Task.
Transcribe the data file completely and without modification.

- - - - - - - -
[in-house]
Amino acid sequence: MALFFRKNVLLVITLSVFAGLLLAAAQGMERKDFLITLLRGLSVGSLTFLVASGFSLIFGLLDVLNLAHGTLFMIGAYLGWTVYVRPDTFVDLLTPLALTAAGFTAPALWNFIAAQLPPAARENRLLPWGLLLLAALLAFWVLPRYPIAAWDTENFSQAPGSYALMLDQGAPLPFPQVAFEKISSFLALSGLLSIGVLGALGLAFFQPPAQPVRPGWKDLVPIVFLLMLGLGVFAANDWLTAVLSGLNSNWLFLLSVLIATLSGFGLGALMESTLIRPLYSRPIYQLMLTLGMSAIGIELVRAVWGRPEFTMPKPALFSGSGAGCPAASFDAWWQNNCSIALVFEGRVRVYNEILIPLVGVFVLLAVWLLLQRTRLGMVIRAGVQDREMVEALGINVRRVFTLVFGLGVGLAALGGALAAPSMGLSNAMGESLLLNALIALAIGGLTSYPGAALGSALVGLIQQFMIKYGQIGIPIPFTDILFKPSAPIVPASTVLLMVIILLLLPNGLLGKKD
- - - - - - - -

[in-house]
Amino acid sequence: MALFFRKNVLLVITLSVFAGLLLAAAQGMERKDFLITLLRGLSVGSLTFLVASGFSLIFGLLDVLNLAHGTLFMIGAYLGWTVYVRPDTFVDLLTPLALTAAGFTAPALWNFIAAQLPPAARENRLLPWGLLLLAALLAFWVLPRYPIAAWDTENFSQAPGSYALMLDQGAPLPFPQVAFEKISSFLALSGLLSIGVLGALGLAFFQPPAQPVRPGWKDLVPIVFLLMLGLGVFAANDWLTAVLSGLNSNWLFLLSVLIATLSGFGLGALMESTLIRPLYSRPIYQLMLTLGMSAIGIELVRAVWGRPEFTMPKPALFSGSGAGCPAASFDAWWQNNCSIALVFEGRVRVYNEILIPLVGVFVLLAVWLLLQRTRLGMVIRAGVQDREMVEALGINVRRVFTLVFGLGVGLAALGGALAAPSMGLSNAMGESLLLNALIALAIGGLTSYPGAALGSALVGLIQQFMIKYGQIGIPIPFTDILFKPSAPIVPASTVLLMVIILLLLPNGLLGKKD